My mother retired to an apartment in Raleigh. I emptied her house. Dismantling a house is like reducing a story to its component letters or selling a Picasso brushstroke by brushstroke. Meaning and value get tossed out with the context.
By the time I was done I was no longer the beloved daughter of 13 American generations, as I no longer had the dishware to prove it. The Deco Baccarat tumblers were gone, and I was weeping on the floor of a shower in an overblown B&B a bit west of Deer Isle, Maine.
When I returned home, I borrowed a friend’s family crystal glass set to capture shadows. She had the same sort of family as mine, in which specific objects can place you among people, providing a code so that similar people could recognize you, such as how the pinstripes on a suit jacket line up from sleeve to vest. Just as the Deco Baccarat, Spode, and the rotting Louis XIV chair, though useless to me, placed me on a map of human society.
Without them I felt a little lost.
I drew the shadows of Karen’s parents’ crystal to remap my location. Her parents bought the set when he was appointed cultural attache to the American Embassy in Switzerland. They were exactly the right set for that year to mark his substance as a person.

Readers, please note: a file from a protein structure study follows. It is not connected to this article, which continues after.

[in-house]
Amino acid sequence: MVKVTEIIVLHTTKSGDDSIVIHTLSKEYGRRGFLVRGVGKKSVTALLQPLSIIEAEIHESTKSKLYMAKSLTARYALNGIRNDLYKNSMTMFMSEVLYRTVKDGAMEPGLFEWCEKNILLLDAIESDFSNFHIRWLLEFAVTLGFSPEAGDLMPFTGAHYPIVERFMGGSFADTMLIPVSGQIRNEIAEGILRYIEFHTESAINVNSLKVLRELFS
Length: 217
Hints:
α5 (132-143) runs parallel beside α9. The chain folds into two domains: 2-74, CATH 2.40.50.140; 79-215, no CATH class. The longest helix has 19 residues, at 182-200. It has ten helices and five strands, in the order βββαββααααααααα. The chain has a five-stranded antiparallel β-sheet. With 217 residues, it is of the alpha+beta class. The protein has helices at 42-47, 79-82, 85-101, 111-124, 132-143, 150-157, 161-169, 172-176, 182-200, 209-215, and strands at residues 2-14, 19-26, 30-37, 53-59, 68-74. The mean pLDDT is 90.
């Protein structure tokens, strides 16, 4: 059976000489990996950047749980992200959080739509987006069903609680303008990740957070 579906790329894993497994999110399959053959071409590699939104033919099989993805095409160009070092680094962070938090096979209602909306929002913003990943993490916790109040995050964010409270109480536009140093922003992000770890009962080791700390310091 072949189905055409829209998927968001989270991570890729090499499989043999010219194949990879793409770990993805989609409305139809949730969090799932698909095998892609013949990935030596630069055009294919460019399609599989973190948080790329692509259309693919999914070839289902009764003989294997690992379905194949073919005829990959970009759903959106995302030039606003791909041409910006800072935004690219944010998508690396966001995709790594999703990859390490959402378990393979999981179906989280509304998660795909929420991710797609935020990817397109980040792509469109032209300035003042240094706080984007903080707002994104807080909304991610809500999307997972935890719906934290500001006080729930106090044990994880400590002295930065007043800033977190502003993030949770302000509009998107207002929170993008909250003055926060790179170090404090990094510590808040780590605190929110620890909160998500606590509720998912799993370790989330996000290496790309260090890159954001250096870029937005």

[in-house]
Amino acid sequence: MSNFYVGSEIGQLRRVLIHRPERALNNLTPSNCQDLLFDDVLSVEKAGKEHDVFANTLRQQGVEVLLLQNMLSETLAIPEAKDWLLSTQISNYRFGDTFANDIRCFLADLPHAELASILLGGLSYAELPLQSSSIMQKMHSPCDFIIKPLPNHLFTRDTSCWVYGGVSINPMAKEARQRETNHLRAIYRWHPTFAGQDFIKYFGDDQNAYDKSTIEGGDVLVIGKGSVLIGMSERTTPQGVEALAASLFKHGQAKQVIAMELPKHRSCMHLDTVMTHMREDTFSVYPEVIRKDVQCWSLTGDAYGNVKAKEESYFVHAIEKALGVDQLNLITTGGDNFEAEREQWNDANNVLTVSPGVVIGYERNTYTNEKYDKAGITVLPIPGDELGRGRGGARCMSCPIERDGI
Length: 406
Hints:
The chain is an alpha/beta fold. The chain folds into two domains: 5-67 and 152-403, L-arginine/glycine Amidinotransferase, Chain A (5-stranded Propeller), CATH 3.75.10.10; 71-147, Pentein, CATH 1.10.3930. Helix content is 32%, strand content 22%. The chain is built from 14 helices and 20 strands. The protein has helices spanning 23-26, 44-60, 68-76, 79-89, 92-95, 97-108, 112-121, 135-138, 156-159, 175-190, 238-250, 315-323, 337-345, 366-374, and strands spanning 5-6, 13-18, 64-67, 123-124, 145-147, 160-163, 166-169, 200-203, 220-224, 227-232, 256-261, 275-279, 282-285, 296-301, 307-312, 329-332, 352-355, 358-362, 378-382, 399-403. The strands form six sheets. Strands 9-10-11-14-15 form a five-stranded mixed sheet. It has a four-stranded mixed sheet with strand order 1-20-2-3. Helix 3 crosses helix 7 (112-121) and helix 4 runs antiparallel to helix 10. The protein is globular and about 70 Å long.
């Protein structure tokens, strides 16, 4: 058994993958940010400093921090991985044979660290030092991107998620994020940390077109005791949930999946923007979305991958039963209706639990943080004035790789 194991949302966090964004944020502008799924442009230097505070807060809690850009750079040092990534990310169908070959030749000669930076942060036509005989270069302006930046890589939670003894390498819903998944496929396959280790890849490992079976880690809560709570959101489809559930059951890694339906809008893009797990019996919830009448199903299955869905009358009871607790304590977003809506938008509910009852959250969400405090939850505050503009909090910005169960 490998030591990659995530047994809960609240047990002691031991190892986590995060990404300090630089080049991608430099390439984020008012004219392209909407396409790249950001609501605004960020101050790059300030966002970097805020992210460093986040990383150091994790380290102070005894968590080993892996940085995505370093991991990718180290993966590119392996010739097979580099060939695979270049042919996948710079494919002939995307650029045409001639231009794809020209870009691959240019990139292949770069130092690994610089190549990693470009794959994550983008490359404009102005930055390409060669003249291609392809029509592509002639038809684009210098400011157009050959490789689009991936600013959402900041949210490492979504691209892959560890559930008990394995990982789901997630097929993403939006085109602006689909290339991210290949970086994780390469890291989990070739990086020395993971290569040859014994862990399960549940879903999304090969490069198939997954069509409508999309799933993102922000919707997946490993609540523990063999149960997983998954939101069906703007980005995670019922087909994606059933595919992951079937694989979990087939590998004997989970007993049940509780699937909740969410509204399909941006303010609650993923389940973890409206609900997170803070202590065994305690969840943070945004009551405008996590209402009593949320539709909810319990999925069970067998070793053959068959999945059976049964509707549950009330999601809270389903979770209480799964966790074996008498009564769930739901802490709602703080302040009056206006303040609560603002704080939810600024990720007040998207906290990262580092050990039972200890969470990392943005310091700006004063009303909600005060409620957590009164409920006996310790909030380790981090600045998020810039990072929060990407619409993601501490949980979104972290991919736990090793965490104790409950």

I drew their shadows for the message they telegraphed.
A few months later I found my grandmother’s Spode. At least the dessert plates. I had handed them off cheap to a Boston auction house with the last fifty objects left in the house for $1500. There they were, beautifully lit at the entry to the sixth floor of Bergdorf Goodman, priced at more than I paid for my first car.
I should have given them to the owners of the house I grew up in. They would fit there.
Later, I drew shadows from glasses with similar notes of nostalgia: the mesmerizing deep carmine of 70s San Francisco hippie goblets from Taylor and Ng and Susie’s dad’s decal bar glasses play “Tiajuana Taxi” in my head. In Goldberg Variations, I arranged the glasses based on Bach’s musical notations to see if musical arrangement was visually pleasing as well.
Collectors of these works sometimes mistake the irony of my titles like ‘Important Stemwear.”
There is no such thing. Glasses are not important.